3. Carefully study the offerings and promises of the companies offering tours and seminars. Study the recommendations. Search out the company names on line and see what folks have to say. Weigh the cost and benefits. Anyone who promises to tell you “everything you need to know” is clearly blowing smoke. You want to meet as many expats along the way as possible and have opportunity to learn from them and listen to their unfiltered comments. Tour organizers tend to feature expats whose stories are in tune with the story the tour company is trying to tell. Take everything with a grain of salt. Some tours are built around selling one thing or another, which is not always made clear up front. There are real estate tours, carefully designed to allow time for you to see only the developments and properties where they’re getting a commission.


Avoid ones where you are just going to sit and listen. You need to have your boots on the ground. If you’re unfamiliar with a place, these may be the way to get started and feel comfortable exploring on your own. Whatever seminar or tour you choose, come early to experience and explore Panama City doing some of the tourist things like seeing the Canal or taking the Hop On Hop Off bus. And set up your return flight so you have time, a week if possible, to visit and explore in depth areas that you think might be possibilities for you. In Panama we pretty much have everything in a tiny country. Big city life, small town living, or life in the country. Mountains or beaches Lowland hot or mountain cool.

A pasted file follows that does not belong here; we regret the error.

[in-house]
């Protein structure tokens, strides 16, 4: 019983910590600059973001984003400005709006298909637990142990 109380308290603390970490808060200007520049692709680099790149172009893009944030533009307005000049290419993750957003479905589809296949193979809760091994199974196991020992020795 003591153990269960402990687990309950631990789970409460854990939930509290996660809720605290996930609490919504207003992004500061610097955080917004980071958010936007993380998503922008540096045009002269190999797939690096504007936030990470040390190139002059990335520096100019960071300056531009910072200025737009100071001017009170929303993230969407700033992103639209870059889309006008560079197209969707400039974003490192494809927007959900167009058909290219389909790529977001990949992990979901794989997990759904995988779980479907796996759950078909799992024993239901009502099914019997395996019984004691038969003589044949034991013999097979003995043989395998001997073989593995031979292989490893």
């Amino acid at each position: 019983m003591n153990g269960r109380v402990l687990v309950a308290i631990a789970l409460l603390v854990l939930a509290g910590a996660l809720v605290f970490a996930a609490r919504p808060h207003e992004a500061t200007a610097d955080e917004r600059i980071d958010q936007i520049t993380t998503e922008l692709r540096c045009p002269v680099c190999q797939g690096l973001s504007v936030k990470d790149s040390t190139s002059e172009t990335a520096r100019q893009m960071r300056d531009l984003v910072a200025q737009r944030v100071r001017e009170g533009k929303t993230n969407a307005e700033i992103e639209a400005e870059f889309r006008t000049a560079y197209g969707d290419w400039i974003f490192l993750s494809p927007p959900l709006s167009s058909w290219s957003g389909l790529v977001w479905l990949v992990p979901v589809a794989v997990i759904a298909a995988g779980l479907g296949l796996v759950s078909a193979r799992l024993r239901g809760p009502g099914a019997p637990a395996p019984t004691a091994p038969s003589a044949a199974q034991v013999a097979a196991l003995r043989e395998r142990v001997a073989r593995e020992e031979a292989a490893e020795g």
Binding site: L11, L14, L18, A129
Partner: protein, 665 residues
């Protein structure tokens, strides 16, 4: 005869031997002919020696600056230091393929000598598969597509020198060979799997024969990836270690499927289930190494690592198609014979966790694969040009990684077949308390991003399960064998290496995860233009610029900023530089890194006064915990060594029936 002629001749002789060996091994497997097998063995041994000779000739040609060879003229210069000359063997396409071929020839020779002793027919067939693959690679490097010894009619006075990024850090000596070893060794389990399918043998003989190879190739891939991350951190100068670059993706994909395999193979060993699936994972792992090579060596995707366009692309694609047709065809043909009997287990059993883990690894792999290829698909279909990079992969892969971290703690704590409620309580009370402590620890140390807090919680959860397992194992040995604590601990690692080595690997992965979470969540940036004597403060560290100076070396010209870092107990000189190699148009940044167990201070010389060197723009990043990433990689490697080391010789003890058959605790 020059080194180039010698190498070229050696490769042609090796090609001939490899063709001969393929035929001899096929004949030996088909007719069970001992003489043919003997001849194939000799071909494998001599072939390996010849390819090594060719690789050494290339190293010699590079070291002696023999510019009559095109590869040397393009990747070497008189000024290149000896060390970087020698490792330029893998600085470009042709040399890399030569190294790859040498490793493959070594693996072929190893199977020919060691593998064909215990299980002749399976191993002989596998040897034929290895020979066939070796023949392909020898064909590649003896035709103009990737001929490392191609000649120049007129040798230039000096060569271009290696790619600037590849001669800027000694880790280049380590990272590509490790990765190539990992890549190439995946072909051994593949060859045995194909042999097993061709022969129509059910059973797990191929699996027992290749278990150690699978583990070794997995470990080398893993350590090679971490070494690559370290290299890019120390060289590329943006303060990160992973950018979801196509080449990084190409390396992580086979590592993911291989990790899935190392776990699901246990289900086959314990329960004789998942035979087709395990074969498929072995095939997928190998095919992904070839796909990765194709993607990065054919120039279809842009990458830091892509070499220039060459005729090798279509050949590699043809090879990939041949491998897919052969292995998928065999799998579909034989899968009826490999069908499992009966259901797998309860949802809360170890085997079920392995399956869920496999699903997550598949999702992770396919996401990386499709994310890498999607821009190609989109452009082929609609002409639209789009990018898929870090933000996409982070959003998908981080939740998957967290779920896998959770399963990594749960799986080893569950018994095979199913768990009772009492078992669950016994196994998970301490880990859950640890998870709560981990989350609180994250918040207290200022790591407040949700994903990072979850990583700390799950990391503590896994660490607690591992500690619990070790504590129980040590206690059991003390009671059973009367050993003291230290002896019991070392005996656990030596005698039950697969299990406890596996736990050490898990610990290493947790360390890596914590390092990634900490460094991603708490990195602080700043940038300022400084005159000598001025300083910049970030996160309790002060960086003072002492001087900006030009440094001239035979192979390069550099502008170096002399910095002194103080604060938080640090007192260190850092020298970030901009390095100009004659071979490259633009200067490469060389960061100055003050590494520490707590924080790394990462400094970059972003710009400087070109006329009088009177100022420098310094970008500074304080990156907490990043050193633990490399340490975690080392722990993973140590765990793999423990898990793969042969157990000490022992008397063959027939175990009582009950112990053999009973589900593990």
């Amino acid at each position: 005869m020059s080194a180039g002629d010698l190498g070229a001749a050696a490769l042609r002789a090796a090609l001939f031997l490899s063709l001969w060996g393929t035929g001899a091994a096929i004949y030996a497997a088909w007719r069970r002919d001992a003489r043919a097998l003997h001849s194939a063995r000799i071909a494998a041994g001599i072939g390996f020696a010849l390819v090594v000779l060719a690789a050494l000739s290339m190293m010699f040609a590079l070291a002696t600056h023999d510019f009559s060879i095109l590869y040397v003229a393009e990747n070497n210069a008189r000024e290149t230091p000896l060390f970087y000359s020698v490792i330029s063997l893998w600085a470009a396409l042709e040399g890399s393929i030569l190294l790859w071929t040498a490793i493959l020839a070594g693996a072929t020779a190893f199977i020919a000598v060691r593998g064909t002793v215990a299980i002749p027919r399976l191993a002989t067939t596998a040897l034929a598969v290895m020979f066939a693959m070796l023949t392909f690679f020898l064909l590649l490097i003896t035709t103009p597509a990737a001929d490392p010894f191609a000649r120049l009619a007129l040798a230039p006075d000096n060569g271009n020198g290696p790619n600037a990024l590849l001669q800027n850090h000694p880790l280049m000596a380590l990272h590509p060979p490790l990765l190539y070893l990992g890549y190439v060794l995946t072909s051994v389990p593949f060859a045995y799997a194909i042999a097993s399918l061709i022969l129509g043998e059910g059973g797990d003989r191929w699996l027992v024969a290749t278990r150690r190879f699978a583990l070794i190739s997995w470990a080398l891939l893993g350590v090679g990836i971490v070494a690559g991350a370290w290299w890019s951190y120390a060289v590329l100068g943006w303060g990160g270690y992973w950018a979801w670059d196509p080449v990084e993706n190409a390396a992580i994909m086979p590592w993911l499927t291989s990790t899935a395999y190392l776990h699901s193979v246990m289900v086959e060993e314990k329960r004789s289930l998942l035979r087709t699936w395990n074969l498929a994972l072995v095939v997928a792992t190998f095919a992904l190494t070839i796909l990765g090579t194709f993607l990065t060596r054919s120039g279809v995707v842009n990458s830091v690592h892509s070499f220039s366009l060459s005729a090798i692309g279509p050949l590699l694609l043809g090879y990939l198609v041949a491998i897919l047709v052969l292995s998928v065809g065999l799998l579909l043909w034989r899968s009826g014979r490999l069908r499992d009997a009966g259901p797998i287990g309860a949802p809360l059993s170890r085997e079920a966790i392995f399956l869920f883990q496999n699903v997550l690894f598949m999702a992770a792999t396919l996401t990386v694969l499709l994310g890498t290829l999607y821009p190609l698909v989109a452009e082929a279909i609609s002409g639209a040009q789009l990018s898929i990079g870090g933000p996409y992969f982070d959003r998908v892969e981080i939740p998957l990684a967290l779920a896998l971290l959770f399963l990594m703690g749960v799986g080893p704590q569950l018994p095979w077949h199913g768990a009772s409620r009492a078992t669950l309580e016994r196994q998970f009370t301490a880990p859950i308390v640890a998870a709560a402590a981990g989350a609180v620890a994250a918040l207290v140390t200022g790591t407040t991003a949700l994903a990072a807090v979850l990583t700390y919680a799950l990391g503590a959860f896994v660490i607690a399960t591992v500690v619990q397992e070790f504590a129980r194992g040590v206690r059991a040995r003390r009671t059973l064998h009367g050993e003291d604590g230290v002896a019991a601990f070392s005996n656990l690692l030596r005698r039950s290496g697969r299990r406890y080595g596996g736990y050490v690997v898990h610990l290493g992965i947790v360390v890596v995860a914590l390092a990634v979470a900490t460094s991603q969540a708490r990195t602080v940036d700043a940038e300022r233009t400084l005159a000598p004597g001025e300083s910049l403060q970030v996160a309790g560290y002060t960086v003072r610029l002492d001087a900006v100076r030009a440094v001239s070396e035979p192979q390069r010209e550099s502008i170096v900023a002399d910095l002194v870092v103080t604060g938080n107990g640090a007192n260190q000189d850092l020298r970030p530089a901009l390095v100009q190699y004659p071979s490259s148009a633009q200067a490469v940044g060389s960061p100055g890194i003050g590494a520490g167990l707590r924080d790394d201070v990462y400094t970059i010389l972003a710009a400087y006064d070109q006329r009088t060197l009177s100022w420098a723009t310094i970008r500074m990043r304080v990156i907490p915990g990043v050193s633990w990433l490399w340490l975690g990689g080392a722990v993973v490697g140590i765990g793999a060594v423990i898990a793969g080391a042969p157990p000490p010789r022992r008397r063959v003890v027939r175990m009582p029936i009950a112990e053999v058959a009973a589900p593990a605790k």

4. Once you go back home and sort through your experiences and impressions plan to come back to Panama for an extended stay of several weeks to explore further both as a tourist but also as someone considering living here. Again talk to as many expats as possible. You are the visitor so take the initiative: “Pardon me, we’re just visiting here and thinking of maybe moving to Panama. It sounds like you’ve been here a while. Can I buy you another cup of coffee (or drink!) and ask you a few questions?” Most expats are going to be happy to share.

5. If you then still are excited about an expat lifestyle in Panama, arrange to come down for 3 to 6 months, rent a place, and actually experience day-to-day life in the area you like best.

Then, when you are convinced this is the right move, pack up and move here, either renting or buying the home of your dreams.

Before you sell all and move to Panama, I’d advise you to come down and check it out for yourself.  Of all the Panama Tours, the best one that I know of is Jackie Lange’s Panama Relocation Tour.  That should give you a good idea if Panama is a possible choice for you.  Then, come down again, rent and stay for a few months and check the fit,  Panama has been a great choice for us and scores of other expats, but it’s not for everyone.  Get beyond the smoke and the hype, check it out, and see if it is right for you.

Retirement 2.0